"Ski Utah"

D. James Cannon, known as Jim Cannon, first came up with the "Ski Utah!" brand, which caught on with skiing fans and boosted Utah's tourism industry. Shortly after, he coined the slogan "The Greatest Snow on Earth" — the phrase that was eventually printed on Utah license plates in 1985. The Travel Council exhibited these ski slogans on many billboards all over the state and created advertisements which were displayed at extreme sport conferences in Los Angeles, Oakland, Chicago, and New Jersey. [13] The "Ski Utah!" brand captured over four percent of the ski market, and by the end of the century, it increased to 5.5 percent market. [14] By 1972, tourism was ranked as the second largest industry in Utah and generated nearly $209 million per year for the state. [15]

Utahn Inc.

To get more Utahns interested in the development of the tourist industry, Utahn Inc. was created, which consisted of the chamber of commerce, various hotels, transportation and touring companies, amusement parks, ski resorts, and park agencies. This organization was successful in promoting economic activity in the state and was largely responsible for developing Park City's Ski industry. In 1962, it helped the United Park City Mines company stay afloat and helped build the Treasure Mountain Ski resort, which was eventually renamed as the Park City Mountain Resort. [16] The advertising eventually paid off; ski visits increased from 195,000 in 1960 to 649,000 in 1970. [17]

Changing laws

Utah's culture, which has much of its history rooted in the Mormon religion, enacted Utah liquor laws that limited the availability of alcohol. Since Utah felt they needed to compete with Colorado's ski industry, they decided to establish new liquor laws for the purpose of attracting more tourists. The new laws did what they were designed to do—they drew in many more tourists. [18] Utah ski promoters spent over $50 million on advertisements every year to compete with Colorado, and In 1989, Utah ranked fourth in the Rocky Mountain region for attracting the most tourists to their state, right behind Colorado, Arizona, and Nevada). [19]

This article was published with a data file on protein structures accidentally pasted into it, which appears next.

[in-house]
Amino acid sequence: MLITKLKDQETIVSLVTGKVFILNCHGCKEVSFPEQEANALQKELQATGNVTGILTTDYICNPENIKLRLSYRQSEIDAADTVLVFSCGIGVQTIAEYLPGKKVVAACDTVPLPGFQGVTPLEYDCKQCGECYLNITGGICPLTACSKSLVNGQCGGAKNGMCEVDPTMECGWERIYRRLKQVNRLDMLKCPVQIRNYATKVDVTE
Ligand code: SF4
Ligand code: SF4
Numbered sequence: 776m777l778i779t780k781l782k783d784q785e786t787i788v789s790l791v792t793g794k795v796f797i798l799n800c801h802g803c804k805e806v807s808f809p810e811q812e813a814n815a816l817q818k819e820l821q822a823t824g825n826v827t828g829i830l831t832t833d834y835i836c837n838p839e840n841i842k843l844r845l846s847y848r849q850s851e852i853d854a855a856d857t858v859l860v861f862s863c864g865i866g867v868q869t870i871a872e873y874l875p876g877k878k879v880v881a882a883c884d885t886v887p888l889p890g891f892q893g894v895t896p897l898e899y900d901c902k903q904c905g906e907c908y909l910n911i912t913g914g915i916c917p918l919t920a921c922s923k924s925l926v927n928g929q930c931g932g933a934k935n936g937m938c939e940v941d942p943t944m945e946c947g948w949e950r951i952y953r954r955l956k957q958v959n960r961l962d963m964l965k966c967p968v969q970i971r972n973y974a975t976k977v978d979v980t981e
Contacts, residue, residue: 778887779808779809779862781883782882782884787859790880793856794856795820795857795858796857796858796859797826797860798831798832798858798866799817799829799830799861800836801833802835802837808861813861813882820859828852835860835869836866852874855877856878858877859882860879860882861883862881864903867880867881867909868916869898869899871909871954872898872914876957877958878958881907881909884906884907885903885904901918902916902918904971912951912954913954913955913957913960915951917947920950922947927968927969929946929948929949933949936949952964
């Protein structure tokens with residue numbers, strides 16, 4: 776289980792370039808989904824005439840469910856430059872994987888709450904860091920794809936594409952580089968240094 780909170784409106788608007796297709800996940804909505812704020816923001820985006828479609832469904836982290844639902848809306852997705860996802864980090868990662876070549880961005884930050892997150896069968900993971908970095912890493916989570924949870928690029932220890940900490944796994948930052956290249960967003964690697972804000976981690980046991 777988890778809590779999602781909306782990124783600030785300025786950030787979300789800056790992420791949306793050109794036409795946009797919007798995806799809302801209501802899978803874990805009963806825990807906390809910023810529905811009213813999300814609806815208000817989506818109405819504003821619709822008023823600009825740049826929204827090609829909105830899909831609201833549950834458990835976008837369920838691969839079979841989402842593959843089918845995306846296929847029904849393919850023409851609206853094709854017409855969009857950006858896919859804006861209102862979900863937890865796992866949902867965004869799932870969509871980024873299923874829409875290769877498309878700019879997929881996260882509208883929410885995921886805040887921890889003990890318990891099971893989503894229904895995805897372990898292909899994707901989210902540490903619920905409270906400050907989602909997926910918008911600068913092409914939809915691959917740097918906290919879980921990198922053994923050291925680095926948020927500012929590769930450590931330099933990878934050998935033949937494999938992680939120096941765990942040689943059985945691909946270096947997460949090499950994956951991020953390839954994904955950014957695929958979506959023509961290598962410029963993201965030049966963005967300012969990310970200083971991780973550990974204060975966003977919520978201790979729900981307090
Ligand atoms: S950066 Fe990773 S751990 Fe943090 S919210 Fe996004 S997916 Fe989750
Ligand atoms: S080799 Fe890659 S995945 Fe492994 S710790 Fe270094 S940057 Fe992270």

Impact of the 2002 Olympics

Dick Ebersol, Chairman of NBC Sports stated this in regards to the Salt Lake Olympic Winter Games: "Far and away, the most successful Olympics, summer or winter, in history." [20]

Salt Lake City's 2002 Winter Olympics led to an economic boom for Utah's ski industry. Skier visits rose 42% from 2002-2011 including a 70% growth in out-of-state skiers from 2002-2011. [21] In total, foreign and U.S. visitors grew from 17.3 million to 20.2 million (in 2010) [22] and direct expenditures from skiers and snowboarders resulted in a 67% increase in revenue for Utah of $704 million in 2002-03 to $1.2 billion in 2010-11. Moreover, the Utah Olympic Legacy Foundation also distributed over $120 million in sports related programs and operations at Utah Olympic Oval in Kearns and Utah Olympic Park near Park City.